Laura Owens Responds To Anti-Gentrification Protesters, Cites Death Threats
In other headlines: Trevor Bell (1930-2017); further allegations of sexual harassment in the art world; The Walker’s Olga Viso steps down
Laura Owens has responded to anti-gentrification protesters after the opening of her survey show at New York’s Whitney Museum was hit by activists including members of the Boyle Heights Alliance Against Artwashing and Displacement. They accused the artist and dealer Gavin Brown of being implicated in the gentrification of the LA neighbourhood, and demand that the nonprofits arts space 356 Mission Road (founded by Owens, Brown and Wendy Yao) close its doors. In an extensive blog post, the artist cites the hundreds of free events 356 Mission Rd has held as well as workshops for children and opening its facilities to the artistic community. 'The area and community surrounding 356 Mission is one about which I care deeply’ Owens writes. The artist acknowledges the serious housing crisis in LA, but says: 'We do not own the space, and we pay market rent, nor have any relationships with developers'. Owens alleges that protesters have increasingly resorted to aggressive techniques, including releasing false information anonymously on social media, bullying staff, and leaving death threats on their voicemail. Read it in full here. And you can catch up on Jonathan Griffin’s frieze dispatch from LA earlier this year, reporting on the growing anti-gentrification protests in LA’s Boyle Heights neighbourhood, and the closure of non-proft PSSST in February after activist pressure.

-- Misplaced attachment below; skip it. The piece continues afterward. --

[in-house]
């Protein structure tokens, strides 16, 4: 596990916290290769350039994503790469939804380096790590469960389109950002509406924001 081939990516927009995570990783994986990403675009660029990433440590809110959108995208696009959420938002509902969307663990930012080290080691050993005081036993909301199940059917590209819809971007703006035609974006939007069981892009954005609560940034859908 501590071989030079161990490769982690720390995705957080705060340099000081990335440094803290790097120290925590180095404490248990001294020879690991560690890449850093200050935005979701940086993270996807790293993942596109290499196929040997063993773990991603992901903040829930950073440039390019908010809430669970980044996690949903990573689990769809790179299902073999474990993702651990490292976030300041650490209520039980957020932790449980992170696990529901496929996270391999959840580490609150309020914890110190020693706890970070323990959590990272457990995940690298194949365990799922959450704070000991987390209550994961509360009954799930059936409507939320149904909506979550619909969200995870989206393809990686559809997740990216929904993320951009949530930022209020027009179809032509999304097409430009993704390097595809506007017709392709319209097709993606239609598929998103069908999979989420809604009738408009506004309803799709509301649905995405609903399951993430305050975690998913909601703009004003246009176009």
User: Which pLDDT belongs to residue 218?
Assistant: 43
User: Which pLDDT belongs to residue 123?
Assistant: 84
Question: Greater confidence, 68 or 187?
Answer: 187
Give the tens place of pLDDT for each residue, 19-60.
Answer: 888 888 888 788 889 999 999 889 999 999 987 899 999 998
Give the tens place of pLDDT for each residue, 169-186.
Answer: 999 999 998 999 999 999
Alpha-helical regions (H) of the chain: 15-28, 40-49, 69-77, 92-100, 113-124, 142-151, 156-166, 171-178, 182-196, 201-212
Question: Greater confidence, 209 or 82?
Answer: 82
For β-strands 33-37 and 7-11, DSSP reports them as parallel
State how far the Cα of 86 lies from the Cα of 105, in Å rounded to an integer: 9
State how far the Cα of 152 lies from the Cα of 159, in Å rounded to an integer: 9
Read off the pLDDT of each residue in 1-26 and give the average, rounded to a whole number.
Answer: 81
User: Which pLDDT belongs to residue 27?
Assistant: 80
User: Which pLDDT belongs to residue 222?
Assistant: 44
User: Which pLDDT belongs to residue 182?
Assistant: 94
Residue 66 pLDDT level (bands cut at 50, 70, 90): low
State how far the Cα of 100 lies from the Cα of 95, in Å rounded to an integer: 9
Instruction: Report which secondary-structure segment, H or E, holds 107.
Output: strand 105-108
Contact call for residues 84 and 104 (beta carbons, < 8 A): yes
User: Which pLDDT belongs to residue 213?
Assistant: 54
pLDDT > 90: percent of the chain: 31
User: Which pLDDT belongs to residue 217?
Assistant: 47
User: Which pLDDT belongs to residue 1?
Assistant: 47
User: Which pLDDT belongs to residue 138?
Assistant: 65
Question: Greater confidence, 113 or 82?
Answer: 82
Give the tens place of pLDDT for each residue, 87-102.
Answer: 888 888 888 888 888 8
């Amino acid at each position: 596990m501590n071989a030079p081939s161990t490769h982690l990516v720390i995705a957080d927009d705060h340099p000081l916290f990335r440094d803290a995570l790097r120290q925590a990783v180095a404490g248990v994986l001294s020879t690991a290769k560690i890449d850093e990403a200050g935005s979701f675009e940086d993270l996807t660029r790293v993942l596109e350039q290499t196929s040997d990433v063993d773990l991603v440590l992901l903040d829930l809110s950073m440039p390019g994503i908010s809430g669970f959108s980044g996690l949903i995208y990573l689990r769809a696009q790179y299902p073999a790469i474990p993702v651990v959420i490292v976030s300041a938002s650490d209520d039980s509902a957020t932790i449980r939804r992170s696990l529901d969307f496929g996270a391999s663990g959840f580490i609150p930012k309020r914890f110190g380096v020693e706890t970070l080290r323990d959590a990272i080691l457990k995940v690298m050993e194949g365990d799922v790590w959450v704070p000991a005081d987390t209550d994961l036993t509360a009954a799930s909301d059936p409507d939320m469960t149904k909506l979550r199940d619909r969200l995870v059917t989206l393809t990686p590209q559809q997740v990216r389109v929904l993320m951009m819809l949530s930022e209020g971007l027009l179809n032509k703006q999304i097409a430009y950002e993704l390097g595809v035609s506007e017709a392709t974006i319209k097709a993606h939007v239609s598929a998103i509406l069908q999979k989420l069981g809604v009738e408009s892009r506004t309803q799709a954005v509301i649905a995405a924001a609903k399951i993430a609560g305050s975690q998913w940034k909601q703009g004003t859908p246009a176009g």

In recent prizes: Kerstin Brätsch has won the 2017 Edvard Munch Art Award. The award comes with USD$65,000 and a solo exhibition at the Munch Museum, Oslo, as well as a residency in partnership with Munch’s studio. 'In her work different modernist myths and beliefs are evoked and transformed, as she revisits the history of abstraction from a feminist perspective’, the jury said of Brätsch’s work in a statement. Click here to read ‘The Thirteenth Fairy’, a recent conversation between Brätsch and Alexander Klüge about algorithms, fortune-tellers and stained glass, for frieze. Meanwhile Anselm Kiefer and Mario Vargas Llosa have been presented with the J. Paul Getty Medal. Since it was established 4 years ago by the J. Paul Getty Trust, the award has been devoted to significant contributions to the arts. ‘The true artist is always an iconoclast’, Kiefer said at the award dinner in New York; Mario Vargas Llosa commented: ‘Learning to read is the most important thing that has ever happened to me’.